All entries for Sunday 10 July 2005

July 10, 2005

War of the Worlds Review

Writing about web page

We I'll say it's a review but it my writing skills might not warrant that title.

I saw this film with my brother, his friend and his friend's dad. The dad kindly took us out to the local multiplex cinema. This is relatively rural America and there are still 3 multiplex cinemas within 10 miles.

First off, I really did enjoy this movie, I thought it was a good story (I have yet to read the original story by H.G. Wells, but after this, it's worth a look), and it was a fresh look at the apocalyptic genre.

There certainly was plenty of drama leading up to this movie. Tom cruise seems a run away hype and headline machine. This whole 'thing' with Katie Holmes, and various 'less than PC' comments made to the media.

But onto the film itself. Above I did like the fresh style of this movie. The world is under attack and is being systematically wipe out, but our story is not being told from the point of some military command of the US, or NASA, or involving any big heros… in fact it's about an average guy who is a bit of a jerk, and him running for his life with his two kids, trying to stay one step ahead of extermination. This gives a story which is possibly to relate to in a more real way.

I also liked the alien machines. They were a modern twist on a retro style. War of the Worlds has been made into a film before, back in 1953. Maybe some of the visual ideas in this came from that. The tripod alien machines seemed like they could have done.

Speilberg was masterful with the constant and unrelenting stream of action. The aliens themselves had little air time in the film at all, bringing viewers to fear what they had not yet seen. It was certainly an interesting mix of intense drama, action and horror.

Upon reflection, the instillation of family values was quite apparent in the film, with Ray, Tom Cruise's character, regularly shielding his daughter Rachel from the horrors happening all around them. A provoking talking point, that one.

For those who have not seen the film, I hope I have been as vague as possible with the content of the movie here… but for those people who have seen this excellent film, I particularly liked the link from the end to the beginning, and also… any opinions on those red/blood roots?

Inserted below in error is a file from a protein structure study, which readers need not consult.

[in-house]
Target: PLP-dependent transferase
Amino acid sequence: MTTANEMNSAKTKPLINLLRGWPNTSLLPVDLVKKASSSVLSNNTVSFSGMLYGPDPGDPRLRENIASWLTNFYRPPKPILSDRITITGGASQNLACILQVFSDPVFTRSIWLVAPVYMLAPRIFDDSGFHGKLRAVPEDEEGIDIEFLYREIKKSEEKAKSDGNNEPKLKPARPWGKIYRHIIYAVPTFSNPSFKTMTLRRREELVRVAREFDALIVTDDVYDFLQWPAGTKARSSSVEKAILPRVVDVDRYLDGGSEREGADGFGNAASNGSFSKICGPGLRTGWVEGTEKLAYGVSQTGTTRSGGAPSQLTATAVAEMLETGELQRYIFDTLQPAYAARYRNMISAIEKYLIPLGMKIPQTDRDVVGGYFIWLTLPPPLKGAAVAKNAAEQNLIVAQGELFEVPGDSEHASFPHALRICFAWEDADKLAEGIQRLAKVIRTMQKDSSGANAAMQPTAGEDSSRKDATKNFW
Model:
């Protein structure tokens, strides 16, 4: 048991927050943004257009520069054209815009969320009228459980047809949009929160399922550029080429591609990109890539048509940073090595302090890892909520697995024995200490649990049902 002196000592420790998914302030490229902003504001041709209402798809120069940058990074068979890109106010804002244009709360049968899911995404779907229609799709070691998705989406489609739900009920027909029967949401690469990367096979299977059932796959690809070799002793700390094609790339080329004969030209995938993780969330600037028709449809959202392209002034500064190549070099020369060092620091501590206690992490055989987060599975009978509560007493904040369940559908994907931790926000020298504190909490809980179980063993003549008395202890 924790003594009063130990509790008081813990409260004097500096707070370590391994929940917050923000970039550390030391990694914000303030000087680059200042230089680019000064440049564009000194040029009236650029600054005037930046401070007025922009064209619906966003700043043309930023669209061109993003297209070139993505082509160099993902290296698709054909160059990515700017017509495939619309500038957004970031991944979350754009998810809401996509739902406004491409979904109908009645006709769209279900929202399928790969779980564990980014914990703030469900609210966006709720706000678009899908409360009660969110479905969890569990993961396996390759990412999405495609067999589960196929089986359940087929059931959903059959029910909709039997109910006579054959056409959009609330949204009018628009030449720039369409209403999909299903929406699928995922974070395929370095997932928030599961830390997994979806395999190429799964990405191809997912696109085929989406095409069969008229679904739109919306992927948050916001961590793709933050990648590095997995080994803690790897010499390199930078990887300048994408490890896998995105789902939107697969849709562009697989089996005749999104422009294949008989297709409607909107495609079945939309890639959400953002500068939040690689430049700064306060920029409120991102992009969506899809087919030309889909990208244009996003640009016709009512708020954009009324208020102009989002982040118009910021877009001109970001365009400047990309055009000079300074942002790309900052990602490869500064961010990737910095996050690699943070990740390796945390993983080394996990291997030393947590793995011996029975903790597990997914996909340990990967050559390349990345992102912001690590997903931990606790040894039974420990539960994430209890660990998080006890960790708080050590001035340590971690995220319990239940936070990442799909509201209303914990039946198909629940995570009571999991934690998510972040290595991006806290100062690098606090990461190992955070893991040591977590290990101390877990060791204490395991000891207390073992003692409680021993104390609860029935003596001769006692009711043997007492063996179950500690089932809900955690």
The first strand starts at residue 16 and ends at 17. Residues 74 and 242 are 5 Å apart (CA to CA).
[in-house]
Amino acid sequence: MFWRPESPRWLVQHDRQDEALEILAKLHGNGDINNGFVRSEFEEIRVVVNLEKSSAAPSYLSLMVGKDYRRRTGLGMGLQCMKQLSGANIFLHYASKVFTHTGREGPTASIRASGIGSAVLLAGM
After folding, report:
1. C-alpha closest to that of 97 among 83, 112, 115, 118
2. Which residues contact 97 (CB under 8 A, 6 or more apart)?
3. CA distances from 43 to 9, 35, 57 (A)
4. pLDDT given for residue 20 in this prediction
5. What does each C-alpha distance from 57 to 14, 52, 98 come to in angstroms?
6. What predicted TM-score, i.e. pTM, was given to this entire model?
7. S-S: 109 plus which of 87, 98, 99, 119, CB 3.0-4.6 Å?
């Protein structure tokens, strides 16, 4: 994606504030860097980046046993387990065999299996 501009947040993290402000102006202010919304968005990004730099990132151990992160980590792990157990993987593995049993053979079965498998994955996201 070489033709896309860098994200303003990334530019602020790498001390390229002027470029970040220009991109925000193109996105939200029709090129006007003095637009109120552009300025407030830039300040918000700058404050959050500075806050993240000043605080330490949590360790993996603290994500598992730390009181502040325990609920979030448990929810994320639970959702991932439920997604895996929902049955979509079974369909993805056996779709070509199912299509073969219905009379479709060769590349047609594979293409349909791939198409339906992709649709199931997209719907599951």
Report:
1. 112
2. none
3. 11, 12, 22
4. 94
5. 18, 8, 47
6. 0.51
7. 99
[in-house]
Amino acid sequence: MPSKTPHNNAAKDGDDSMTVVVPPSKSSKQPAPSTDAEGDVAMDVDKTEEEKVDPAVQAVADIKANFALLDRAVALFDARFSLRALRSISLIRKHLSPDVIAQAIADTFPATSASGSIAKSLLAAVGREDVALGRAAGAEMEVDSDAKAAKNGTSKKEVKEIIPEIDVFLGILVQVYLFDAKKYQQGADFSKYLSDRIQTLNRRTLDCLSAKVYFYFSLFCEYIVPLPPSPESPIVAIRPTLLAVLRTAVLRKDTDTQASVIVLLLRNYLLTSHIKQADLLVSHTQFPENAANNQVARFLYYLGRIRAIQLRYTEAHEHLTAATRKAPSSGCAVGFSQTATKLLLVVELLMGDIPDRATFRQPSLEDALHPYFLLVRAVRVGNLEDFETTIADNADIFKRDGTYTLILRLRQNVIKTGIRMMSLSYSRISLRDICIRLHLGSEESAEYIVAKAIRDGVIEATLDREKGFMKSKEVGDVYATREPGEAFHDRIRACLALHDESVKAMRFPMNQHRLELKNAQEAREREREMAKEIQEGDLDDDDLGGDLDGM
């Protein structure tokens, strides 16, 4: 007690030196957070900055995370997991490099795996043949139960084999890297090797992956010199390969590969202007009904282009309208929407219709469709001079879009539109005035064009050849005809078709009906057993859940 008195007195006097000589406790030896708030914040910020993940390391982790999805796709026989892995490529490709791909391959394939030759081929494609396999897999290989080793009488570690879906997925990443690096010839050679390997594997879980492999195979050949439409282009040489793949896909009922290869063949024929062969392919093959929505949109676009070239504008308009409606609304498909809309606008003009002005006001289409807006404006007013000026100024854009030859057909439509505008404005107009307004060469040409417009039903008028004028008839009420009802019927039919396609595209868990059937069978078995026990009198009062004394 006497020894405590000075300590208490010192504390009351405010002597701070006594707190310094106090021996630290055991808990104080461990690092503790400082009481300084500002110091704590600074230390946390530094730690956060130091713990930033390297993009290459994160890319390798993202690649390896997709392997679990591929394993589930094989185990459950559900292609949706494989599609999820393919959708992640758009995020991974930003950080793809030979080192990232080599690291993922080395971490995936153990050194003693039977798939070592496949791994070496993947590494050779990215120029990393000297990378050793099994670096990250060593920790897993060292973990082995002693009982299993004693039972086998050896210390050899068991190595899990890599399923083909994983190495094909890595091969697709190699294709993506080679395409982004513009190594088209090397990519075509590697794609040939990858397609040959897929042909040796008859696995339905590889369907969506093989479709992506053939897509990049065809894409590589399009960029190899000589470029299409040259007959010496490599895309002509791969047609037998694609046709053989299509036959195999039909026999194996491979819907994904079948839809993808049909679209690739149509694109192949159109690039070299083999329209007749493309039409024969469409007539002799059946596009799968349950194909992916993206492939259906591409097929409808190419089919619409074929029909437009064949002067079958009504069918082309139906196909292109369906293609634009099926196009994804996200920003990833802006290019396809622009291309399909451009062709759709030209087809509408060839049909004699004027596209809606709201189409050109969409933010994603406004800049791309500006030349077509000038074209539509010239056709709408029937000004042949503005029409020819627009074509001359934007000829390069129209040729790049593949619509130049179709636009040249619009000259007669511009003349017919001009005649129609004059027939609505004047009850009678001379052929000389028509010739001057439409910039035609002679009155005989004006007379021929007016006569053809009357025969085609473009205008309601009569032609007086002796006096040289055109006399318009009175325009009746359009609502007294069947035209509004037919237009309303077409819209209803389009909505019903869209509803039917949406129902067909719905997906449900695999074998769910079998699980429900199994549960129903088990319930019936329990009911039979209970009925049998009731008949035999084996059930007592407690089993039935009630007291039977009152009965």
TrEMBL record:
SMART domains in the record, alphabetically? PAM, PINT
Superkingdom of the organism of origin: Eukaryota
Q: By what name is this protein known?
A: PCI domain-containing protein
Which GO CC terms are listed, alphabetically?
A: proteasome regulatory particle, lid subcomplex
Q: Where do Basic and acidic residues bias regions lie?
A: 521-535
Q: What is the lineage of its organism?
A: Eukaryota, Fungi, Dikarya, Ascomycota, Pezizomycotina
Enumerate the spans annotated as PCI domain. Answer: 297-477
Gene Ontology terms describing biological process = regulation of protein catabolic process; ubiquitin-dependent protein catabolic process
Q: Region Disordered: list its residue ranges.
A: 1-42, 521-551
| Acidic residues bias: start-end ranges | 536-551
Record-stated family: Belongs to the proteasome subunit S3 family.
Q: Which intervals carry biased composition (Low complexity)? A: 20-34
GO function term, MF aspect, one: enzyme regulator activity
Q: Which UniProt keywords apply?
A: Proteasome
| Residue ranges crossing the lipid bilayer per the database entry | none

I hope other people enjoyed the film too, and I do encourage other people to check it out

Note taking in the digital world

My note taking in lectures last year was pretty much non-existent. I don't know how I got away with that. I guess I thought that as we had good notes provided there was no need to do anything other than to listen carefully. Of course with hindsight, I now know this to be very naive.

This year will be different. I have already formed a small study group with friends to collaborate on note taking and forming resources ready for when revision rolls round again. I plan to take good notes in lectures and seminars, and more than that my plan is to do this digitally, right from the start.

From reading and research that should have been done along time ago I have found a lot of self-evident facts about note taking.

  • Keeps you engaged and interested in the lecture. Asking and answering questions is another good way to do this, but not often possible in the context of a lecture. I found last year I would zone out very quickly in lectures if I was uninterested in the topic, or if I knew some/all of the material already, or due to lack of sleep / sleepy after lunch.

  • Writing things in your own words will give better understanding at the time, and make more sense later.

  • Distilling the content as you write, will make your revision more efficient later. Having to wade through more comprehensive notes was another attribute of my revision last year. You can skip or be brief on things you already know, so as to not waste time, and outlining, mind mapping or any other structuring of the content will assist in your ability to find what you are looking for quicker.

Note taking methods from California Polytechnic State University
and from Dartmouth College

So far this all applies to methodology as opposed to the tools which you use to accomplish the note taking.

So here's why I think doing it digitally is the way to go, preferably completely digitally, but if that is not possible the latter stages after capture still have advantages.